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With an 8th-gen Core i7 CPU at its heart, this machine was unlikely to disappoint when benchmarked. And, true to form, it is a veritable beast unleashed when it comes to raw processing and file manipulation.
A quick scan across the benchmark scores reveals a machine that makes most desktop computers blush, especially when connected to mains power.
As an act of self-preservation, the system automatically throttles back once on battery, but not to the point that it ever becomes unresponsive or ponderous.
Here’s how the Toshiba Portégé X30-E-12H performed in our suite of benchmark tests:
Passmark CPU: 9409
CPU-Z: 477.0 (single-thread); 1884.3 (multi-thread)
Geekbench: 5013 (single-core); 15151 (multi-core); 23490 (compute)
Cinebench: OpenGL: 41.64 fps; CPU: 486
CrystalDiskMark: 3080.6 MBps (read); 1238.8 MBps (write)
Atto: 3146 MBps (read, 256mb); 1731 MBps (write, 256mb)
Sisoft Sandra (KPT): 9.91
These numbers are great, with one possible exception being the write speed of the NVMe drive. In our review machine, there was a 1TB Samsung PM961, a design that first previewed back in early 2016.
It was the first SSD to use the Samsung Polaris controller before it reappeared in the 960 Pro and Evo. However, this SSD only uses TLC memory, not the MLC used on the SM961, and therefore the write speed is reduced to almost a third compared to its MLC brother.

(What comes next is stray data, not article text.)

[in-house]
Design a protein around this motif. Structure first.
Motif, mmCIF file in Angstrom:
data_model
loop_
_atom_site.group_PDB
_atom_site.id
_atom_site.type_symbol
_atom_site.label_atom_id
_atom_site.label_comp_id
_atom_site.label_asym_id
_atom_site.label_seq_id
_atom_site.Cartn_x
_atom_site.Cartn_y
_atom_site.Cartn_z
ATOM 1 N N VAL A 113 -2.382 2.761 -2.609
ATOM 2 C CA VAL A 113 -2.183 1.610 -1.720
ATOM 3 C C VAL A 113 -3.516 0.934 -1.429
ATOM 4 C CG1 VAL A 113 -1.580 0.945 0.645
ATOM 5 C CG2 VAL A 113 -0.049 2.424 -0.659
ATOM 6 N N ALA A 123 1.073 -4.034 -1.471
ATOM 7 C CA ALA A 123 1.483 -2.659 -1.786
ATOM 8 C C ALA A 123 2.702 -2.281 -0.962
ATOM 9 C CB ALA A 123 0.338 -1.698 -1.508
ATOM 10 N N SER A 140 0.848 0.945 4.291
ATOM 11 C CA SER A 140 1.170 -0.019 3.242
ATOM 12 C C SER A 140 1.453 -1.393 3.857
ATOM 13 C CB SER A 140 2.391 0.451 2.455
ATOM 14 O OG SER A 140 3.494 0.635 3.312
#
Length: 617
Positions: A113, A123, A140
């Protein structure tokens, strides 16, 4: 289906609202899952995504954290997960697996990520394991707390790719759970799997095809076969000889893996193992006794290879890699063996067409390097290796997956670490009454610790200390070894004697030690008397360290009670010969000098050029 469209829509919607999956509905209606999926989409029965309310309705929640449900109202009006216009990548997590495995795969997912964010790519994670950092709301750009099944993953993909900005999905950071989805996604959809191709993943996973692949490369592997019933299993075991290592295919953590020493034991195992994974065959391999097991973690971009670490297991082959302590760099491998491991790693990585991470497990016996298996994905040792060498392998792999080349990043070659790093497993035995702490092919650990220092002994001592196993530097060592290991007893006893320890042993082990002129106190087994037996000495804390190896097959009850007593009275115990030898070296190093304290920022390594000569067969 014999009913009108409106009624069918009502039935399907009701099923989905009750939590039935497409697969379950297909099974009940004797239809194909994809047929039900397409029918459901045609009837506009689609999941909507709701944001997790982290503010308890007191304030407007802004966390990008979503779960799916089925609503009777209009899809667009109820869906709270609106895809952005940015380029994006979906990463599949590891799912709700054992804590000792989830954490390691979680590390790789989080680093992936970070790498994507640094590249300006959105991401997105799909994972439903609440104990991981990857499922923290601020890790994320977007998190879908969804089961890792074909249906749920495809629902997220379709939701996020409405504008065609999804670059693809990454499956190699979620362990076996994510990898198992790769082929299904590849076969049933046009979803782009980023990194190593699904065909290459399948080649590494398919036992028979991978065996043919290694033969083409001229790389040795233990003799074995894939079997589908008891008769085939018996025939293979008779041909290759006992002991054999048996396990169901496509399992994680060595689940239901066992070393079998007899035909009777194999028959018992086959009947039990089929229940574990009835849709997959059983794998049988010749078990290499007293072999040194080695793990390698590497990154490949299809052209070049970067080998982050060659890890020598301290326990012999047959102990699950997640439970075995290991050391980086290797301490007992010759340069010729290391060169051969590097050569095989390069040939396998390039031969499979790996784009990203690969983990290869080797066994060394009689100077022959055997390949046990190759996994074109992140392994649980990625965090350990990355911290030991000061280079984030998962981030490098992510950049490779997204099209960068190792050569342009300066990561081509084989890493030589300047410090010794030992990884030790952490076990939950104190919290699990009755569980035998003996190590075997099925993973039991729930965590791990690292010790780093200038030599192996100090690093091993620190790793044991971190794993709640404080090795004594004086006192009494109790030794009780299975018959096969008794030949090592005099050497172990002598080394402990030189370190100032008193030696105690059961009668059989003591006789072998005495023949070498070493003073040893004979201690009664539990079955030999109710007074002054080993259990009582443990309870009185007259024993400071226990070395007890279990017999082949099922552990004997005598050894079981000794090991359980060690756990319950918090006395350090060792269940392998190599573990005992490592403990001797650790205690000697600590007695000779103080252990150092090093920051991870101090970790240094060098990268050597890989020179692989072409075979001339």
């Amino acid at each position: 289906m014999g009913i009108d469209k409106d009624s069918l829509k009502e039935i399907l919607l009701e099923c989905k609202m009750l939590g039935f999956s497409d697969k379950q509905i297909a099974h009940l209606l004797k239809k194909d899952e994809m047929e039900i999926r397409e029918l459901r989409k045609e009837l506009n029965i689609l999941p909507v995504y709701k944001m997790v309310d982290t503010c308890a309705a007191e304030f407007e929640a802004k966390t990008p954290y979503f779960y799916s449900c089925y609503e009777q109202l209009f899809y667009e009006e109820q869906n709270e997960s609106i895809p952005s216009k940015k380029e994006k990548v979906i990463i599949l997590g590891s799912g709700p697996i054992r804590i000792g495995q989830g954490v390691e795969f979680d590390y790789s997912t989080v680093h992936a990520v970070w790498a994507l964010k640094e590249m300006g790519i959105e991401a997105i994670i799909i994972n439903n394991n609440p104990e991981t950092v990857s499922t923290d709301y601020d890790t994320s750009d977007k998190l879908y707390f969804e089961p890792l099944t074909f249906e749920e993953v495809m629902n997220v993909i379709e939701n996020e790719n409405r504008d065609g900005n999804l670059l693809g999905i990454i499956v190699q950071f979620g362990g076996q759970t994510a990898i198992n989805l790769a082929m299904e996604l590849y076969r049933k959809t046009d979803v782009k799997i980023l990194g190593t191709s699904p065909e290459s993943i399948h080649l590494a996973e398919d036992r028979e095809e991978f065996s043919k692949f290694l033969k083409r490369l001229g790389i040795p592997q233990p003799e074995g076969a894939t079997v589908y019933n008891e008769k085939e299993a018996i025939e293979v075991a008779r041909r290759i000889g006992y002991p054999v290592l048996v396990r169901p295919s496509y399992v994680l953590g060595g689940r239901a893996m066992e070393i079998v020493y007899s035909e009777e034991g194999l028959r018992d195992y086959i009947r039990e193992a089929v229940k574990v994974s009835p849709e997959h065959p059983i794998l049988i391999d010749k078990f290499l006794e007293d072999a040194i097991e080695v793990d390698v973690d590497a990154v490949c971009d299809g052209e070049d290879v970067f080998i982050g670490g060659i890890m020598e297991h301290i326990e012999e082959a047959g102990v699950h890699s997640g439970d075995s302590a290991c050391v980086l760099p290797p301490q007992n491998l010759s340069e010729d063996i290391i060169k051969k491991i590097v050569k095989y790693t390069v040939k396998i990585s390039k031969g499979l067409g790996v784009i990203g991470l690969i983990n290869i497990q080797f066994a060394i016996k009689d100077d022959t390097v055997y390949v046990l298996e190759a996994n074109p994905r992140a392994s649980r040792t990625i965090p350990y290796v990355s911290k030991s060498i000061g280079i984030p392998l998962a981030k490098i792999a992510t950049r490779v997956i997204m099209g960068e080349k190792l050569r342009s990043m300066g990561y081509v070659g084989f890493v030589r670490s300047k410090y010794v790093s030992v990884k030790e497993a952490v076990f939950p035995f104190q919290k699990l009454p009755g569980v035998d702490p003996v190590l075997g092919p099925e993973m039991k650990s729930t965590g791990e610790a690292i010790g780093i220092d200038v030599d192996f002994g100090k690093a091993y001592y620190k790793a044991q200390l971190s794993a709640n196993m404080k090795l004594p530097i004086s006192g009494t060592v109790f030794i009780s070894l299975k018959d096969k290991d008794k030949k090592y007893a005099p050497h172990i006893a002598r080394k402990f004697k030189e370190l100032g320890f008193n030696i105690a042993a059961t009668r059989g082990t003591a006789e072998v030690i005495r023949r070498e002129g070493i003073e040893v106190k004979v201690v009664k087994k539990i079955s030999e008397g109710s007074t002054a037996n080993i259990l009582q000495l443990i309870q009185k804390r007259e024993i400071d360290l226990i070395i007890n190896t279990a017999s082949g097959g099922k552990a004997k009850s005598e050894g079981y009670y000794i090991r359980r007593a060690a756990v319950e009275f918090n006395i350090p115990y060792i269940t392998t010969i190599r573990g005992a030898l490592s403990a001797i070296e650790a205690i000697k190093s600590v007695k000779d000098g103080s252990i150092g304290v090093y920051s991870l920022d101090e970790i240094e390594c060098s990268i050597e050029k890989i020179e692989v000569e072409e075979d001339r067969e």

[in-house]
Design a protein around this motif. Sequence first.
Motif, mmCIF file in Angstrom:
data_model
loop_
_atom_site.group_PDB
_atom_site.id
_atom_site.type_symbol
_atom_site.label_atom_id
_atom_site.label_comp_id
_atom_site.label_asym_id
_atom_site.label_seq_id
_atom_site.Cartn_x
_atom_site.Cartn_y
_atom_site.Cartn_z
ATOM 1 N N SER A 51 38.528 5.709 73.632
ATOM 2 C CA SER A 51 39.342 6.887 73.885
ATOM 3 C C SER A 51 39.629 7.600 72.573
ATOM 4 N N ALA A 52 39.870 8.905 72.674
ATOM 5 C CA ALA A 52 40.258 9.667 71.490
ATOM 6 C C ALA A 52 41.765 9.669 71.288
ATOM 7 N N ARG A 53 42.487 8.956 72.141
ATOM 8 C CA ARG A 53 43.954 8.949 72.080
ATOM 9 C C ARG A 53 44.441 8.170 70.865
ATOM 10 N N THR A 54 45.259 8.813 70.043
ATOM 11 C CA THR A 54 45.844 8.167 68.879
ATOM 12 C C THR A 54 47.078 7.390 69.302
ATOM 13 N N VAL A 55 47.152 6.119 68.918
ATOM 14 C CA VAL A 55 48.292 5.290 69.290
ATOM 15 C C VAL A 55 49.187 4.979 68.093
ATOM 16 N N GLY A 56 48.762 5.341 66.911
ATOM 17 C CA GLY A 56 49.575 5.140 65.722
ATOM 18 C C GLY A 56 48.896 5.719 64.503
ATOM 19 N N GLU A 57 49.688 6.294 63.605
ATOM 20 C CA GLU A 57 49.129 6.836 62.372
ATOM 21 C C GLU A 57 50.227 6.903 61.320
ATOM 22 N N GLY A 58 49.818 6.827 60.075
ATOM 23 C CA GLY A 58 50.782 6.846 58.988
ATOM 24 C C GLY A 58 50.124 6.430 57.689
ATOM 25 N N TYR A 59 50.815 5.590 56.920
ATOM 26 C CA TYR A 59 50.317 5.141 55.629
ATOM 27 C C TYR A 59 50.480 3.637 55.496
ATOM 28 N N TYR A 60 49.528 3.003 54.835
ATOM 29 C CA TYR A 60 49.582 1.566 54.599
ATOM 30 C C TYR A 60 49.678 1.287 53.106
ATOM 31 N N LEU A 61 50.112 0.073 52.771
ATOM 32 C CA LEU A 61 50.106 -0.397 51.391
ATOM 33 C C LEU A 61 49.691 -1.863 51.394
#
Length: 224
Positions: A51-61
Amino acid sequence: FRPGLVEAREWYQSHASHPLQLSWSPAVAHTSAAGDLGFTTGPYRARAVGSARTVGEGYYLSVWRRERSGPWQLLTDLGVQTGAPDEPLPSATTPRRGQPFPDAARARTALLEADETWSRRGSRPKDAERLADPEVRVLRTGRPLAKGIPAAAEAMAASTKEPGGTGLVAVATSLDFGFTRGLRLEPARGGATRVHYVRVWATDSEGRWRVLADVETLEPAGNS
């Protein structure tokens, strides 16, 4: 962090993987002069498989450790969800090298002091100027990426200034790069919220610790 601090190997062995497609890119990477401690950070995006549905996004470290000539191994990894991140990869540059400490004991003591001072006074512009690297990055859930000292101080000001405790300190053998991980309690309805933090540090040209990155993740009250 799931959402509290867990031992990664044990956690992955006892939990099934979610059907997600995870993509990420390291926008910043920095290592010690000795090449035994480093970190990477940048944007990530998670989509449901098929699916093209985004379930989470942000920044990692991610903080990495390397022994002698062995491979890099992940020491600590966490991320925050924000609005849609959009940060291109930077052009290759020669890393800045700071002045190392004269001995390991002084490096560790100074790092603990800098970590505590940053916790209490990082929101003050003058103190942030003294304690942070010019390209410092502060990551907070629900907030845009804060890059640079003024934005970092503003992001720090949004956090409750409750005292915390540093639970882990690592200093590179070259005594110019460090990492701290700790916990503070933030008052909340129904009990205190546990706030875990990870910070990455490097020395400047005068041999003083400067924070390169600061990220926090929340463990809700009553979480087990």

Had this design used the Samsung 960 Pro it could have been modestly faster at reading and almost twice as fast at writing.
A factor in selecting the PM961 may have been reducing cost. The 1TB PM961 can be purchased for about £400 ($445), but the same size 960 Pro would cost £568 ($613). Where the Samsung PM961 wins over the 960 Pro and Evo is in raw IOPS, but the new 970 Pro and Evo are even faster.
It’s a minor blight on the fantastic numbers that this machine can deliver, and most users will never realize that it could be even better.
Considering the clock speeds available to the Core i7 processor, the amount of RAM installed and the NVMe storage, we reasonably expected that battery life would suffer on this design.
While this isn’t an ‘all day’ runner, unless you like a very long lunch, it ran the PCMark 08 Work test for a projected five hours, and that is a testament to how effectively the machine uses the battery power it has available.
Used in a marginally more intermittent way than the benchmark, it would get you through a working day. Or at least a long commute to and from the city.
On the subject of the battery, or charging, Toshiba added one feature to this machine we must applaud: USB Type-C charging. The mobile space desperately needs to see the back of proprietary chargers, and USB Type-C is probably the way to go.
The sooner others see that using Type-C is a monkey off their collective backs, and not a loss of replacement part revenue, the better for all concerned.
There are plenty of good things in this laptop that would serve any user well, even if it’s overpowered for all but a power-user who wants a desktop experience on the move.
If you want a fully featured notebook with the latest Intel silicon and almost all the bells and whistles, this model is certainly worthy of your consideration.
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Mark is an expert on 3D printers, drones and phones. He also covers storage, including SSDs, NAS drives and portable hard drives. He started writing in 1986 and has contributed to MicroMart, PC Format, 3D World, among others.